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Staying Cool In My Home Studio

I hope you are managing to stay cool during this incredibly hot summer. Here in Memphis we are faring much better than other parts of the country. Today's summer rain is much welcomed. Most days I have to keep a fan blowing in my studio or I wouldn't make it. Last week I did a phone patch session that lasted over an hour during which I turned off all fans and AC. By the end of that session I was working up a sweat. The joys of working from home. As it turned out the producers put music behind the VO track which would have masked any noise that my AC might have made. Here is one of the videos that came out of that session. The producer in me can't help but notice that YouTube dumbs down the audio quality of the voice over a bit.

In an ideal setting I would have an HVAC with large enough ductwork and vents so that the flow of air did not make noise. Also the attic AC unit would be far enough away so that you would not hear any mechanical noise. In previous studios that I designed and built that was the case. The work around in this location is to turn down the AC an hour before the VO session. Cool things down first and then it's not so bad.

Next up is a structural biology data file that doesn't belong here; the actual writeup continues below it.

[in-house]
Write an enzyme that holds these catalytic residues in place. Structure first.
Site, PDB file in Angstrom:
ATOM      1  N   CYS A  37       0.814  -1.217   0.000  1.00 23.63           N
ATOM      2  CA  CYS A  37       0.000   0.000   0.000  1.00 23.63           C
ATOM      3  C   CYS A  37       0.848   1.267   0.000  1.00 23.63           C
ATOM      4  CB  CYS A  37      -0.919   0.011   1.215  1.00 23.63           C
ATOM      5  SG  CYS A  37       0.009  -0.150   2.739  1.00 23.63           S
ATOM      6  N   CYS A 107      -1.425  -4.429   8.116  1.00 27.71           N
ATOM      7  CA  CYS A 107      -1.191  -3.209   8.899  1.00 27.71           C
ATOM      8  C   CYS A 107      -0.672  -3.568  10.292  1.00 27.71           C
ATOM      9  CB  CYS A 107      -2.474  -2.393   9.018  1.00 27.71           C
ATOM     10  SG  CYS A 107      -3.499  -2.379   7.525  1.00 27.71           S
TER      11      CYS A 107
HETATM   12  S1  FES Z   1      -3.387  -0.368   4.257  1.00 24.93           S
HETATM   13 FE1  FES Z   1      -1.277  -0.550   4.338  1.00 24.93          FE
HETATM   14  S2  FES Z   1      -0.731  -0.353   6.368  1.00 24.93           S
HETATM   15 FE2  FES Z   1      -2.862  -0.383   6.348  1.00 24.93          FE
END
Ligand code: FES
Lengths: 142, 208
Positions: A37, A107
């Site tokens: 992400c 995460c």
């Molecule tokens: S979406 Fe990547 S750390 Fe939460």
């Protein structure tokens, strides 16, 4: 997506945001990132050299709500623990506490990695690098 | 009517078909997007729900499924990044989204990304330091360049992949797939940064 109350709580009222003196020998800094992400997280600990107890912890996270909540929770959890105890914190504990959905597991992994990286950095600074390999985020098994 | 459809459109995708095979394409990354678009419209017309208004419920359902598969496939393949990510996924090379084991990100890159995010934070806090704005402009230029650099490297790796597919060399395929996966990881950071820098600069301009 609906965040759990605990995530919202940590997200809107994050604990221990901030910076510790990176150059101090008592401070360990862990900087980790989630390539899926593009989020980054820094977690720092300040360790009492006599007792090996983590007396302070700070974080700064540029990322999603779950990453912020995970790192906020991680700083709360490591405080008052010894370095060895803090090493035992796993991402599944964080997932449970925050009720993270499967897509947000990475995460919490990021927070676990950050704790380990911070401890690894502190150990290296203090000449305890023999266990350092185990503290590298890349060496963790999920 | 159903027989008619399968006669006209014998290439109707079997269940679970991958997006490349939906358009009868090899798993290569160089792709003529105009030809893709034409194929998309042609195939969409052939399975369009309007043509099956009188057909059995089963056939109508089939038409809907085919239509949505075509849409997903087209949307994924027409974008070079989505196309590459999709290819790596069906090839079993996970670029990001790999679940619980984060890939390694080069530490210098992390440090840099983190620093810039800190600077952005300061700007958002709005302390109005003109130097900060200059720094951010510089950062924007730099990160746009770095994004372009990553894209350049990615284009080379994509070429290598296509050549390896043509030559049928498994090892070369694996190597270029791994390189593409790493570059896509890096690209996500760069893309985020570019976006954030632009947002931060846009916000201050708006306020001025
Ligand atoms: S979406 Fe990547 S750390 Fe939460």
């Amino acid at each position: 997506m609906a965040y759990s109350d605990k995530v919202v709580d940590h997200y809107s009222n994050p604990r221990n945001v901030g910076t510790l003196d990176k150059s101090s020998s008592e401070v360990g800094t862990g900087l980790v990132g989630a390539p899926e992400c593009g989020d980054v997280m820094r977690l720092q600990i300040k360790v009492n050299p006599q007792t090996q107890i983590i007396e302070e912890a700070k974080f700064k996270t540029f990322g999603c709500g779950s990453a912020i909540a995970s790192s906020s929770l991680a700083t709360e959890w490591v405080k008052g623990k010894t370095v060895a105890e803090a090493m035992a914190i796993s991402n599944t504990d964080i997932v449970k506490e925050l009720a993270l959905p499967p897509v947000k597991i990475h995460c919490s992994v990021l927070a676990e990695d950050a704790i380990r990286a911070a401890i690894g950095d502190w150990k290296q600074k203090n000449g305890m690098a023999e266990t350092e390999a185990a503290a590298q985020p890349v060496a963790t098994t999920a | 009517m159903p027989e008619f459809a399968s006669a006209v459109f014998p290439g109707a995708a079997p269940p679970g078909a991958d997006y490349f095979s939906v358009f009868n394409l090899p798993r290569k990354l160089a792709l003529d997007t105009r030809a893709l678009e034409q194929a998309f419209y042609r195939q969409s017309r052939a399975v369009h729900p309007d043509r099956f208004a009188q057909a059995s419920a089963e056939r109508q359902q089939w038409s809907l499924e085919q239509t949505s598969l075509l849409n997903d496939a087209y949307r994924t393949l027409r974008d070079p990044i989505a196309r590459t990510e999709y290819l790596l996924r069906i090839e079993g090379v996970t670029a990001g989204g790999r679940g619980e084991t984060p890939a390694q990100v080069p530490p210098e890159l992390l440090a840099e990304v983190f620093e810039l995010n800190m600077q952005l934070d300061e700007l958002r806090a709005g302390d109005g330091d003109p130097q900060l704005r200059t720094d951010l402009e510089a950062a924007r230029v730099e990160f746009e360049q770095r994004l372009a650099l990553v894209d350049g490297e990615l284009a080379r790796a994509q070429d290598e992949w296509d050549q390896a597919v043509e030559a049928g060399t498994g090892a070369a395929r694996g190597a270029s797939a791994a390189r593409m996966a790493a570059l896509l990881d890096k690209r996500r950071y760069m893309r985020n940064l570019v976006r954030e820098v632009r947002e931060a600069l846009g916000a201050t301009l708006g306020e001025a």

This week I did a corporate narration for a client in England who will not be putting any music behind the voice. That is when the shortcomings of your studio can be exposed. That is why I went to a great deal of effort when I first moved in to build a dozen sound absorption panels. These are filled with mineral wool insulation that is acoustically rated. While these don't control outside noises they do dampen and control the sound inside the studio.

Here is an excerpt from that session. You'll notice that even though I am using a high quality condenser mic (U-87) which picks up everything the room is pretty quite. A noise gate also helps.

 

That's all for now. Stay cool. And stay quiet.